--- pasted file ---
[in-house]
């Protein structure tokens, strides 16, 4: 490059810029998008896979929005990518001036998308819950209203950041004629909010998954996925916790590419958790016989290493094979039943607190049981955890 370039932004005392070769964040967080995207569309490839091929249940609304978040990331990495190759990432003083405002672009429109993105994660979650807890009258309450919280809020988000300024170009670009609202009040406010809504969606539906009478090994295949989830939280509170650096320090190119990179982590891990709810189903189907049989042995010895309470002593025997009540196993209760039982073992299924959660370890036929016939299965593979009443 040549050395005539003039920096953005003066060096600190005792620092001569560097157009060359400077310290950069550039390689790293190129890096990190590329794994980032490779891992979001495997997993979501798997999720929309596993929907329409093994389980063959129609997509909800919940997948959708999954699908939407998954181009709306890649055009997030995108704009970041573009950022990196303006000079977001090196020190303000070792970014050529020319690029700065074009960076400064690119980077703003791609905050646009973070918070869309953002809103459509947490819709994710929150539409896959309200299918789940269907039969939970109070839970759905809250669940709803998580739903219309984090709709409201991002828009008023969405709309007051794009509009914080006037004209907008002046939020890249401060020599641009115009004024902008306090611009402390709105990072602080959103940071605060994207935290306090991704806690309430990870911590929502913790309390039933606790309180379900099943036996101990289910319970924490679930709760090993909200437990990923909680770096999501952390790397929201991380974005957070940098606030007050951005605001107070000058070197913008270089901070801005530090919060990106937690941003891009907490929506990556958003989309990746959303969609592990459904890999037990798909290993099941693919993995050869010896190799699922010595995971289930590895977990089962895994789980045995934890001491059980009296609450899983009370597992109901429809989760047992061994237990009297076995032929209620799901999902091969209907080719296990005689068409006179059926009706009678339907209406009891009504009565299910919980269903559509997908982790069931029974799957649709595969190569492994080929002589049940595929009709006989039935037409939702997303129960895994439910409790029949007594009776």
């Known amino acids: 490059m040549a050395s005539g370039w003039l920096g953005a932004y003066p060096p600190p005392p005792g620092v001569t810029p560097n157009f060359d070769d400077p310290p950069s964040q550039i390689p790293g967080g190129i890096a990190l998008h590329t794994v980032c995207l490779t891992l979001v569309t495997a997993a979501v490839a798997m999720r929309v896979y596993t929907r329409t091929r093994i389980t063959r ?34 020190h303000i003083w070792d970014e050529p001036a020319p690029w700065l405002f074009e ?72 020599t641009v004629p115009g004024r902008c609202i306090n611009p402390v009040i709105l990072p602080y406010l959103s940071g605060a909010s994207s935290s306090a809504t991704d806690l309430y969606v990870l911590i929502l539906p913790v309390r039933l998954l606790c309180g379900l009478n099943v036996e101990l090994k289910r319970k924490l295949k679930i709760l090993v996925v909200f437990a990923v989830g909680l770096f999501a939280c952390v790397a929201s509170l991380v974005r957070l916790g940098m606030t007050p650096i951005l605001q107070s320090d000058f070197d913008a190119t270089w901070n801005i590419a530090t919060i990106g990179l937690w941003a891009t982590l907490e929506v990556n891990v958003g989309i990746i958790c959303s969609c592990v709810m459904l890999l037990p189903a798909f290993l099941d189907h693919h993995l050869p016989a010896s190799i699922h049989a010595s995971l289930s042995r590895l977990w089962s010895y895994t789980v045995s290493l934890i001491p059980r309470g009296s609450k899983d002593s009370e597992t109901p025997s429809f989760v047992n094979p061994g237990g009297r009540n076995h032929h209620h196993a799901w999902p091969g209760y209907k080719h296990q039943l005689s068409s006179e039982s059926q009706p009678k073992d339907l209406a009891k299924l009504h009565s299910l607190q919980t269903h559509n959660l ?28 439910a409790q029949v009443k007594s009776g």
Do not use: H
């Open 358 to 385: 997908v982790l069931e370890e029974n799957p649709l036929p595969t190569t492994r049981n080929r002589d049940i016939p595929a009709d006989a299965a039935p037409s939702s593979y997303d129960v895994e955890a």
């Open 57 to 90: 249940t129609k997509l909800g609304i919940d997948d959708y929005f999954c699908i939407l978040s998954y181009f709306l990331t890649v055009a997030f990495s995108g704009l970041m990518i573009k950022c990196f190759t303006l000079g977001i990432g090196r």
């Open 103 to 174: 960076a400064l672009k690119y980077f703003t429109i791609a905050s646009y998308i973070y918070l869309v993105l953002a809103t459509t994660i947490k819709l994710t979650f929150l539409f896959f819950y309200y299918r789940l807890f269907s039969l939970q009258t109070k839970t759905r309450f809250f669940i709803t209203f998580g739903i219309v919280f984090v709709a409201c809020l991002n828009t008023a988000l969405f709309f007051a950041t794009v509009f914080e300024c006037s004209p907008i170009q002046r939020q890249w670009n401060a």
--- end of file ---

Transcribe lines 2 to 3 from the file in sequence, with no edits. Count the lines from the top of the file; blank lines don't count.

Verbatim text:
């Protein structure tokens, strides 16, 4: 490059810029998008896979929005990518001036998308819950209203950041004629909010998954996925916790590419958790016989290493094979039943607190049981955890 370039932004005392070769964040967080995207569309490839091929249940609304978040990331990495190759990432003083405002672009429109993105994660979650807890009258309450919280809020988000300024170009670009609202009040406010809504969606539906009478090994295949989830939280509170650096320090190119990179982590891990709810189903189907049989042995010895309470002593025997009540196993209760039982073992299924959660370890036929016939299965593979009443 040549050395005539003039920096953005003066060096600190005792620092001569560097157009060359400077310290950069550039390689790293190129890096990190590329794994980032490779891992979001495997997993979501798997999720929309596993929907329409093994389980063959129609997509909800919940997948959708999954699908939407998954181009709306890649055009997030995108704009970041573009950022990196303006000079977001090196020190303000070792970014050529020319690029700065074009960076400064690119980077703003791609905050646009973070918070869309953002809103459509947490819709994710929150539409896959309200299918789940269907039969939970109070839970759905809250669940709803998580739903219309984090709709409201991002828009008023969405709309007051794009509009914080006037004209907008002046939020890249401060020599641009115009004024902008306090611009402390709105990072602080959103940071605060994207935290306090991704806690309430990870911590929502913790309390039933606790309180379900099943036996101990289910319970924490679930709760090993909200437990990923909680770096999501952390790397929201991380974005957070940098606030007050951005605001107070000058070197913008270089901070801005530090919060990106937690941003891009907490929506990556958003989309990746959303969609592990459904890999037990798909290993099941693919993995050869010896190799699922010595995971289930590895977990089962895994789980045995934890001491059980009296609450899983009370597992109901429809989760047992061994237990009297076995032929209620799901999902091969209907080719296990005689068409006179059926009706009678339907209406009891009504009565299910919980269903559509997908982790069931029974799957649709595969190569492994080929002589049940595929009709006989039935037409939702997303129960895994439910409790029949007594009776």
């Known amino acids: 490059m040549a050395s005539g370039w003039l920096g953005a932004y003066p060096p600190p005392p005792g620092v001569t810029p560097n157009f060359d070769d400077p310290p950069s964040q550039i390689p790293g967080g190129i890096a990190l998008h590329t794994v980032c995207l490779t891992l979001v569309t495997a997993a979501v490839a798997m999720r929309v896979y596993t929907r329409t091929r093994i389980t063959r ?34 020190h303000i003083w070792d970014e050529p001036a020319p690029w700065l405002f074009e ?72 020599t641009v004629p115009g004024r902008c609202i306090n611009p402390v009040i709105l990072p602080y406010l959103s940071g605060a909010s994207s935290s306090a809504t991704d806690l309430y969606v990870l911590i929502l539906p913790v309390r039933l998954l606790c309180g379900l009478n099943v036996e101990l090994k289910r319970k924490l295949k679930i709760l090993v996925v909200f437990a990923v989830g909680l770096f999501a939280c952390v790397a929201s509170l991380v974005r957070l916790g940098m606030t007050p650096i951005l605001q107070s320090d000058f070197d913008a190119t270089w901070n801005i590419a530090t919060i990106g990179l937690w941003a891009t982590l907490e929506v990556n891990v958003g989309i990746i958790c959303s969609c592990v709810m459904l890999l037990p189903a798909f290993l099941d189907h693919h993995l050869p016989a010896s190799i699922h049989a010595s995971l289930s042995r590895l977990w089962s010895y895994t789980v045995s290493l934890i001491p059980r309470g009296s609450k899983d002593s009370e597992t109901p025997s429809f989760v047992n094979p061994g237990g009297r009540n076995h032929h209620h196993a799901w999902p091969g209760y209907k080719h296990q039943l005689s068409s006179e039982s059926q009706p009678k073992d339907l209406a009891k299924l009504h009565s299910l607190q919980t269903h559509n959660l ?28 439910a409790q029949v009443k007594s009776g």